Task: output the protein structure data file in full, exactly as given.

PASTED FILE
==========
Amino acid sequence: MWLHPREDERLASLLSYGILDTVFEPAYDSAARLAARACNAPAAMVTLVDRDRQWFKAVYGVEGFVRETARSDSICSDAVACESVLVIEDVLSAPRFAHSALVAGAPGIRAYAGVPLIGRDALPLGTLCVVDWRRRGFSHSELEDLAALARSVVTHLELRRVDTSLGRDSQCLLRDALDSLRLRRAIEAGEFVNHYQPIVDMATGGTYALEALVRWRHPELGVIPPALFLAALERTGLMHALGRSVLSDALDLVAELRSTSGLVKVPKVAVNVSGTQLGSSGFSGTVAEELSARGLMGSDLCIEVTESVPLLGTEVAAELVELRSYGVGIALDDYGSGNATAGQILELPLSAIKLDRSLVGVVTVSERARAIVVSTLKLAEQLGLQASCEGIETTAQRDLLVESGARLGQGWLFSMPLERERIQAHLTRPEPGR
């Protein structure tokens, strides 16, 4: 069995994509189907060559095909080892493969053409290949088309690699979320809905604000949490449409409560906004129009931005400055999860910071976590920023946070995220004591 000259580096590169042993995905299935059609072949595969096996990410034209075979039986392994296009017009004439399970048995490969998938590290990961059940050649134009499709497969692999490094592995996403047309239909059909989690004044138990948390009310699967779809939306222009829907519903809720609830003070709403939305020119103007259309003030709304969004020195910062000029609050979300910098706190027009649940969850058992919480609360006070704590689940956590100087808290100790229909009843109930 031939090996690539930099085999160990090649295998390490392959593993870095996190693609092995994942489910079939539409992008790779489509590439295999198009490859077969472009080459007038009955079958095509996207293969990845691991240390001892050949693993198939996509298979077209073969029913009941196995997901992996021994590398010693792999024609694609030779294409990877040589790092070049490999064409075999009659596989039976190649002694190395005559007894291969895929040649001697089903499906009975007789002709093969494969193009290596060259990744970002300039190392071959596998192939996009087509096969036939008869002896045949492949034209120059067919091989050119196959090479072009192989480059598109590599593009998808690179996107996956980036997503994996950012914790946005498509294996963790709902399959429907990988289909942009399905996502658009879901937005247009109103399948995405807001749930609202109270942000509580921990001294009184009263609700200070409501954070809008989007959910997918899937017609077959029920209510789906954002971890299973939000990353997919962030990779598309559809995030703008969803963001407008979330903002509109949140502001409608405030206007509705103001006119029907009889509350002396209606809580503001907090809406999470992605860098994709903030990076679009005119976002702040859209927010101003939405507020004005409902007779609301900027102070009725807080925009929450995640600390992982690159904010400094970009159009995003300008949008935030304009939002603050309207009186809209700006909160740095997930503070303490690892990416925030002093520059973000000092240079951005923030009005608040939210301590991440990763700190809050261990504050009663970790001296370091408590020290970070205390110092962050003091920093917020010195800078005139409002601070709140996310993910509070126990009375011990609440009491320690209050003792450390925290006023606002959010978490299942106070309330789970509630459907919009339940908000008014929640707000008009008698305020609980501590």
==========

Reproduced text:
Amino acid sequence: MWLHPREDERLASLLSYGILDTVFEPAYDSAARLAARACNAPAAMVTLVDRDRQWFKAVYGVEGFVRETARSDSICSDAVACESVLVIEDVLSAPRFAHSALVAGAPGIRAYAGVPLIGRDALPLGTLCVVDWRRRGFSHSELEDLAALARSVVTHLELRRVDTSLGRDSQCLLRDALDSLRLRRAIEAGEFVNHYQPIVDMATGGTYALEALVRWRHPELGVIPPALFLAALERTGLMHALGRSVLSDALDLVAELRSTSGLVKVPKVAVNVSGTQLGSSGFSGTVAEELSARGLMGSDLCIEVTESVPLLGTEVAAELVELRSYGVGIALDDYGSGNATAGQILELPLSAIKLDRSLVGVVTVSERARAIVVSTLKLAEQLGLQASCEGIETTAQRDLLVESGARLGQGWLFSMPLERERIQAHLTRPEPGR
């Protein structure tokens, strides 16, 4: 069995994509189907060559095909080892493969053409290949088309690699979320809905604000949490449409409560906004129009931005400055999860910071976590920023946070995220004591 000259580096590169042993995905299935059609072949595969096996990410034209075979039986392994296009017009004439399970048995490969998938590290990961059940050649134009499709497969692999490094592995996403047309239909059909989690004044138990948390009310699967779809939306222009829907519903809720609830003070709403939305020119103007259309003030709304969004020195910062000029609050979300910098706190027009649940969850058992919480609360006070704590689940956590100087808290100790229909009843109930 031939090996690539930099085999160990090649295998390490392959593993870095996190693609092995994942489910079939539409992008790779489509590439295999198009490859077969472009080459007038009955079958095509996207293969990845691991240390001892050949693993198939996509298979077209073969029913009941196995997901992996021994590398010693792999024609694609030779294409990877040589790092070049490999064409075999009659596989039976190649002694190395005559007894291969895929040649001697089903499906009975007789002709093969494969193009290596060259990744970002300039190392071959596998192939996009087509096969036939008869002896045949492949034209120059067919091989050119196959090479072009192989480059598109590599593009998808690179996107996956980036997503994996950012914790946005498509294996963790709902399959429907990988289909942009399905996502658009879901937005247009109103399948995405807001749930609202109270942000509580921990001294009184009263609700200070409501954070809008989007959910997918899937017609077959029920209510789906954002971890299973939000990353997919962030990779598309559809995030703008969803963001407008979330903002509109949140502001409608405030206007509705103001006119029907009889509350002396209606809580503001907090809406999470992605860098994709903030990076679009005119976002702040859209927010101003939405507020004005409902007779609301900027102070009725807080925009929450995640600390992982690159904010400094970009159009995003300008949008935030304009939002603050309207009186809209700006909160740095997930503070303490690892990416925030002093520059973000000092240079951005923030009005608040939210301590991440990763700190809050261990504050009663970790001296370091408590020290970070205390110092962050003091920093917020010195800078005139409002601070709140996310993910509070126990009375011990609440009491320690209050003792450390925290006023606002959010978490299942106070309330789970509630459907919009339940908000008014929640707000008009008698305020609980501590």